In a boat it’s easy to overestimate wave heights. This is because of a phenomenon discovered by William Froude in 1861. He found that, no matter how your boat is situated on a large swell, what you feel to be “straight down” is actually at right angles to the wave. So when you think you’re looking out on a level line to judge a wave, you are actually looking on an angle, distorting your judgment. The only time to make an accurate appraisal of the waves is when you are at the bottom of a trough, midway between two waves, and you are sitting relatively level. In a small boat your eye might be about four feet above the waterline. If you can sight along several wave tops in a row when in a trough, then the waves are about three feet high, which is what most of us judge to be “six-footers.” Sight along the gunwale, about two feet off the water, to judge smaller waves. Stand up to raise your eyes to six feet or more to judge larger waves.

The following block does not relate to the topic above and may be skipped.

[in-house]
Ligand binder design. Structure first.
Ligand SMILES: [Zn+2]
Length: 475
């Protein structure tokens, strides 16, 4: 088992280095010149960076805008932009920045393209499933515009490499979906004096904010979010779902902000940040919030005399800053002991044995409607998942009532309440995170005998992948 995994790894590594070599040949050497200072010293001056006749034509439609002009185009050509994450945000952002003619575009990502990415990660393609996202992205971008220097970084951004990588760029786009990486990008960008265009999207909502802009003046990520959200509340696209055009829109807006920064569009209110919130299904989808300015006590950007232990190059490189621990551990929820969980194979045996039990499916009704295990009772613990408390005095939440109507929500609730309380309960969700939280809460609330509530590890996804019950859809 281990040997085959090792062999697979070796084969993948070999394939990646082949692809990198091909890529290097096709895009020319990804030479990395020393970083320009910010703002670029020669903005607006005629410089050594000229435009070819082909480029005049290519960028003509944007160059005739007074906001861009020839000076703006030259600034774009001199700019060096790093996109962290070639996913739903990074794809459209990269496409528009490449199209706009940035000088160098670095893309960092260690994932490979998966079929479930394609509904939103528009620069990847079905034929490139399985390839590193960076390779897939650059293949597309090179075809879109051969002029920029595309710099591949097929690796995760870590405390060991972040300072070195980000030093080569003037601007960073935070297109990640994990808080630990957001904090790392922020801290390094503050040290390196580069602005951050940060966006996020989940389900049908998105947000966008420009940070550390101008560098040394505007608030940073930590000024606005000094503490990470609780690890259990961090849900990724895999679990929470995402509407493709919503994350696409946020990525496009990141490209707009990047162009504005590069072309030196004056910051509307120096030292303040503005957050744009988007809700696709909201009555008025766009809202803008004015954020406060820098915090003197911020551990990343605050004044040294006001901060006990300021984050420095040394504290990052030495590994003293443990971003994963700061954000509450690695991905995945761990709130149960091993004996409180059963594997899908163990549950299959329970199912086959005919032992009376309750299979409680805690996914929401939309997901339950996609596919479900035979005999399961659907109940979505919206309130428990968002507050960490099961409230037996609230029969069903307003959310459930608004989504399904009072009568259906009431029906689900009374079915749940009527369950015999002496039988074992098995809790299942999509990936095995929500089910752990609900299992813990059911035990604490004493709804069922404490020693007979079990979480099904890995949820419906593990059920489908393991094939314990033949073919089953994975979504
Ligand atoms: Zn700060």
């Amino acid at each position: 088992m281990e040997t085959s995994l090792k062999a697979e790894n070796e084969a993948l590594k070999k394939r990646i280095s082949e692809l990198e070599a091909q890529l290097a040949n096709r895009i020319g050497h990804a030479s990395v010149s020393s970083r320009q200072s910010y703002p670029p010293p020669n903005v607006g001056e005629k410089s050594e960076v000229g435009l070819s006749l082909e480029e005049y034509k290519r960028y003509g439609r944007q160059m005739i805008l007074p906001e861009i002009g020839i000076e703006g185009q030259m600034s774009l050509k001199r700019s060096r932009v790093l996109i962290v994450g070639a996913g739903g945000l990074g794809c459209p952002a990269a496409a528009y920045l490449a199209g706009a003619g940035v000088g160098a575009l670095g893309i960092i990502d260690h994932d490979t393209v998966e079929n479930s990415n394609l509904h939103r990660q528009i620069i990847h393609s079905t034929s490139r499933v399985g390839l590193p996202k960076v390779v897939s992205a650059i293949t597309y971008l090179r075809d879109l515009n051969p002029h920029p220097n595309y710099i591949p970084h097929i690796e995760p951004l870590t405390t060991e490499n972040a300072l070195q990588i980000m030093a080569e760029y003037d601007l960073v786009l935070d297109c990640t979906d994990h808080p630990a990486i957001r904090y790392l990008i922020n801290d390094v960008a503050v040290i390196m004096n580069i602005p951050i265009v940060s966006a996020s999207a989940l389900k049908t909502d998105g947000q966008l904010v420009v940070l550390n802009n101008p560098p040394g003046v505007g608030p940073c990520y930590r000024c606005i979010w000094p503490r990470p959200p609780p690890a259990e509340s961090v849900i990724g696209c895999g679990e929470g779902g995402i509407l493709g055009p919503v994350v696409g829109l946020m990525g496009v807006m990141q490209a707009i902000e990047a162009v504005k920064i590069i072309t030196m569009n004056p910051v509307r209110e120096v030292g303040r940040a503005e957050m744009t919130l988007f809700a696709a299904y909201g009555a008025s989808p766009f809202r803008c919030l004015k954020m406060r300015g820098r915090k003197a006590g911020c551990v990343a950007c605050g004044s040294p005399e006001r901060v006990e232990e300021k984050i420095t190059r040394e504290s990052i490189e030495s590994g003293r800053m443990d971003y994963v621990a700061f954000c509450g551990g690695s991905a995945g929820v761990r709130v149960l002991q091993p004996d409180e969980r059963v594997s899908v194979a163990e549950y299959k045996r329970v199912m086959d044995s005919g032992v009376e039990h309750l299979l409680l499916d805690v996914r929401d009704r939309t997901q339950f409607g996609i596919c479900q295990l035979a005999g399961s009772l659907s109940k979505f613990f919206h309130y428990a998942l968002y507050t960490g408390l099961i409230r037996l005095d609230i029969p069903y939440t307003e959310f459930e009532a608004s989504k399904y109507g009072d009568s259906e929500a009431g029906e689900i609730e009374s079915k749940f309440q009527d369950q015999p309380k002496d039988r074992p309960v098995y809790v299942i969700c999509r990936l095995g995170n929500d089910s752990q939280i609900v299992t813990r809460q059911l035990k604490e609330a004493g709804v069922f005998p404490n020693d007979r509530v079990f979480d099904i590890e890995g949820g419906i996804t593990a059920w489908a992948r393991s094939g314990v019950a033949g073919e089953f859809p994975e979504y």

Find more crafts online at boatingmag.com/boatcraft.
Want more cool things for kids to do? Check out McGraw-Hill’s The Anti-Pirate Potato Cannon and 101 Other Things for Young Mariners to Build, Try & Do on the Water, by David Seidman and Jeff Hemmel.